Hey, can you help me move a piano?

Standard

Years before the digital revolution where lightweight, portable electronic keyboards are now common, many of us have had large, and very heavy pianos in our house.

There was no way they could be moved by one individual, so the plea was made to family and friends for help.

I thought about this “getting help from friends” request  because I’ve run into several people lately that have been going through some very difficult, heavy times and when I’ve talked further with them about their experiences, they’ve commented back to me that they are not really close to anyone.  In the midst of being emotionally overwhelmed, they are having to make sense of a very difficult situation on their own.   I feel for them.  Not surprising to me is that each of the people I’ve talked to have been men.  Quite typically, as guys, we just have this “isolate ourselves from others” mentality.  It’s really not a good thing

Guys, that kind of mindset might work in the short-term, actually for years.  However, eventually, there will come a time of crisis where the load is just too heavy to handle on our own.  I’m mentioning this now  in hopes that if you are reading this post and  have no one else in your life that you can be utterly transparent with, I want to strongly encourage you to take a step of faith and try to connect with some other person, of the same gender and have someone to walk through life with you.

Over this past year, I’ve mentioned to you often in posts that I’ve created an app that is meant to not only help you identify your own personal goals,  but also in this app, there is a very cool feature.  It’s a dashboard that allows you to text or e-mail  a friend in a snapshot kind of way how you are doing in all the areas of your responsibilities.

I have used this Dashboard so often with others and found it to be incredibly helpful.   And when I see a “red” area in a friend’s text, we deal with it.   That’s what friends do for each other, right!

If you have been doing life alone, or you understand that a close friend of yours has been doing the “isolate” thing, let me encourage you to try this app.  Do it with a friend.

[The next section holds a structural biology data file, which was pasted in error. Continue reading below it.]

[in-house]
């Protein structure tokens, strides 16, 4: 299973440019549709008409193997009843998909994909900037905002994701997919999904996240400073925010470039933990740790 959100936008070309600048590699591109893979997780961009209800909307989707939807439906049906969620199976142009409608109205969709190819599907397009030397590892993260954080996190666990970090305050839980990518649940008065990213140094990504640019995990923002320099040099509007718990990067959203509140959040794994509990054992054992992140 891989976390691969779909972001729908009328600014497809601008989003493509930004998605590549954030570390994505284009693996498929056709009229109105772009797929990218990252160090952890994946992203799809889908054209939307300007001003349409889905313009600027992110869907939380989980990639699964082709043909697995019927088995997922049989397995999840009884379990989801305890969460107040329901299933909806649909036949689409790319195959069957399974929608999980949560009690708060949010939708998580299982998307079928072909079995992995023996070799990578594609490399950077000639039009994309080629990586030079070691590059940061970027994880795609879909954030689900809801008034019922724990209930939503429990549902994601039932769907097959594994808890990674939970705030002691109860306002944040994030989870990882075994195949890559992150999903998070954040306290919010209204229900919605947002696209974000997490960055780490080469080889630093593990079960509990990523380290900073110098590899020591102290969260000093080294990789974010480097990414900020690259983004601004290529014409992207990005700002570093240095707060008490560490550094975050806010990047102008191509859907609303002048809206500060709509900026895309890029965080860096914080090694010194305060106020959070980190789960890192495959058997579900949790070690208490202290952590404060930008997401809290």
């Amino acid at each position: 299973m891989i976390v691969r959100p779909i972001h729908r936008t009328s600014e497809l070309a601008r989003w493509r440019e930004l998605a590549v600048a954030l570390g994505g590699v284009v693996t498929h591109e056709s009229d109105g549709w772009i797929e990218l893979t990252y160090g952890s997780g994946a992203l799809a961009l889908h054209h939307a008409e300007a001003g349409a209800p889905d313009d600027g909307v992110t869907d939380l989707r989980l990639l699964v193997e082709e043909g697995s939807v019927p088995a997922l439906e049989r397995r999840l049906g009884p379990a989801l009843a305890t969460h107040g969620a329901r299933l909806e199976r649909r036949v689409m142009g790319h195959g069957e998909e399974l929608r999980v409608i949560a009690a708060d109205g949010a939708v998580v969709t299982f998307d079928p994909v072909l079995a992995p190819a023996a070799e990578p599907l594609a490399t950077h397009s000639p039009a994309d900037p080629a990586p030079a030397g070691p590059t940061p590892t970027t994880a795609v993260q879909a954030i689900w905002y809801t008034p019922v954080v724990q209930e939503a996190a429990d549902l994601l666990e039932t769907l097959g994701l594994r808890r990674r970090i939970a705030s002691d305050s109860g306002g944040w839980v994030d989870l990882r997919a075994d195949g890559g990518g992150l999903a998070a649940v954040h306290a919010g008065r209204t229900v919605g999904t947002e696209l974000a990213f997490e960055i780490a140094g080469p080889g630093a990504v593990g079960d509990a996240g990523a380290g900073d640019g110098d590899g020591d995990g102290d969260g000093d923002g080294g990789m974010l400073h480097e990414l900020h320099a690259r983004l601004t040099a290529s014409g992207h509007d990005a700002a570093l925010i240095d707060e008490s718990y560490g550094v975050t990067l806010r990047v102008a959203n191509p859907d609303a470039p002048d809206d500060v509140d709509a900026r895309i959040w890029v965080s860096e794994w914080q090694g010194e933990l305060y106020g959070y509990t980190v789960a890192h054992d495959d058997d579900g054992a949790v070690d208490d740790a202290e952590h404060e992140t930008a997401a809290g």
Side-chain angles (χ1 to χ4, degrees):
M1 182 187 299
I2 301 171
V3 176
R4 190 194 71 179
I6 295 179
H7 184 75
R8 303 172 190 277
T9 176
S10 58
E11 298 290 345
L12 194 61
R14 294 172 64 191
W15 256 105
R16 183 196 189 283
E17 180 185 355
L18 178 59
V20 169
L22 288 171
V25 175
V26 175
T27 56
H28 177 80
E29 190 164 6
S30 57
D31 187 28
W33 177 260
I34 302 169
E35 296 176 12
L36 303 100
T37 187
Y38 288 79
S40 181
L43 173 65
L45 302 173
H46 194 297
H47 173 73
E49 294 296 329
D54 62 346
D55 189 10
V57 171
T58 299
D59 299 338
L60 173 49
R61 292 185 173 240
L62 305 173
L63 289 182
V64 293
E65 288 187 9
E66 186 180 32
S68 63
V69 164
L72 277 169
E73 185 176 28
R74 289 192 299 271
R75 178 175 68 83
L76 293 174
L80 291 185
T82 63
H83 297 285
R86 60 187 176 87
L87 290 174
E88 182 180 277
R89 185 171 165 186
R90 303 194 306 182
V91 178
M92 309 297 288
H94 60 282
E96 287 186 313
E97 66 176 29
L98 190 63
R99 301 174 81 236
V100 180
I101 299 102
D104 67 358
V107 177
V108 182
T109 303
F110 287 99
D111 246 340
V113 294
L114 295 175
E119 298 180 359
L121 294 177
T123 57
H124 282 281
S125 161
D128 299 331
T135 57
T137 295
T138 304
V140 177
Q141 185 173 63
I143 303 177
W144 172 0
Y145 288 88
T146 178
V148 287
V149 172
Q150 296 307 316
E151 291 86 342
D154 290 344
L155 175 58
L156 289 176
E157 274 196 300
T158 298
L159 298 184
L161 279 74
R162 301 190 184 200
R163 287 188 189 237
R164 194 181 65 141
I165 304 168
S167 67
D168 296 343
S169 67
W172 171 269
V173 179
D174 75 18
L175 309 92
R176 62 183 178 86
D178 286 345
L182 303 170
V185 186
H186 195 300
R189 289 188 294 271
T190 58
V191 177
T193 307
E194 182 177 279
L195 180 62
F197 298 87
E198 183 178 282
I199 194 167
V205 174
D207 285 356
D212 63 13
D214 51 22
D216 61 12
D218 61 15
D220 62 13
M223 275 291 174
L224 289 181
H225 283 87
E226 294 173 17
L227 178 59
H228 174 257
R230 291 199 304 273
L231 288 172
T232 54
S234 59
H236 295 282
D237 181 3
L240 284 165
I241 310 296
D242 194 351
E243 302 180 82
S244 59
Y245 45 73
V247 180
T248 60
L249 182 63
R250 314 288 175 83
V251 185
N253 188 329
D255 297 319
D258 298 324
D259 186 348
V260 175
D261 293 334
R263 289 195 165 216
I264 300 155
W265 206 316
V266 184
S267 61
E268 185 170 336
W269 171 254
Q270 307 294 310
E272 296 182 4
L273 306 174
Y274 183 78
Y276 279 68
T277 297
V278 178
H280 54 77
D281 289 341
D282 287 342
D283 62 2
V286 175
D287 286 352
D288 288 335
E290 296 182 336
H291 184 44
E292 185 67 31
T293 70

For less than a Starbucks special coffee, I truly believe you will not regret the cost of using this resource to help you and a friend share in the heavy lifting of life.

To check out the app:

You can visit  either the App Store (for IPhones)     https://appsto.re/us/ejC7fb.I

Google Play Store- https://play.google.com/store/apps/details?id=com.FoundationsLifeCoach.Foundations&hl=en ;
www.foundationslifecoach.com

 

 

Advertisements

Do you have “tourists” going to your church? (Are you one of them?)

Standard

Recently, I wrote a post encouraging people to read one of my favorite books, “Gospel Treason” by Brad Bigney.

In that book, there is a very thought-provoking passage in there from Elyse Fitzpatrick describing how going to church for many people is like a European vacation that she went on:

“A number of years ago, my husband and I had the wonderful opportunity to vacation in Europe. In about three an a half weeks we visited thirteen different nations. When we’d enter a country, we’d get our passports stamped, exchange currencies, learn a few key phrases, and then off we’d go to visit the natives. We’d walk through outdoor markets , peruse museums, sample the cuisine. We’d exchange a few niceties with the locals, sit on the steps of cathedrals, watch the life of the town go by, take a picture or two, and purchase a little something to remind us of our time there, and then we were off. We had a wonderful vacation. Our hearts weren’t changed in any significant ways by our little visits, but then they weren’t meant to be. We were tourists. It seems to me that what I’ve just described is very close to many people’s understanding of the congregational life of the local church. On any given Sunday or better yet, Saturday night, many tourists can be found in church. They pop in for forty-five minutes or an hour, sing a chorus or two, exchange niceties with the locals: “Hi! How are you?” “Fine!” “How are you ?” “Fine! Nice Fellowshipping. With you!” They sample some of the local cuisine, they might purchase a book or CD to remind them of their visit, and then they race to their cars to get to their favorite restaurant before the rush or home before the game. For many people, church is simply a place to go to once a week . It’s about being a tourist, and our land is filled with tourist-friendly churches. Pop in, pop out, do your religious thing, catch ya later!”

I’d like to ask you to be honest. Does that in any way describe you?
I’m not saying that going to church makes you a Christian, any more than your going to a football game makes you a football player.

But one thing your church attendance does is reveal something about your attitude and beliefs about the importance (and understanding) of your relationship with God (and your own spiritual health).

If you are not a regular church attendee, please be careful:
Proverbs 18:1 says a that “a man who isolates himself seeks his own desire”
Hebrews 10:25 says “not to forsake the assembling of ourselves together, as is the habit of some, but come together and look for ways to stir one another. Up to love and good deeds.”

Let me encourage you this week to get to church and while there, ask yourself whether you are a tourist, or a local (one of the native peoples) ?
After asking yourself that question, try two more: would God be pleased with my answer to that last question.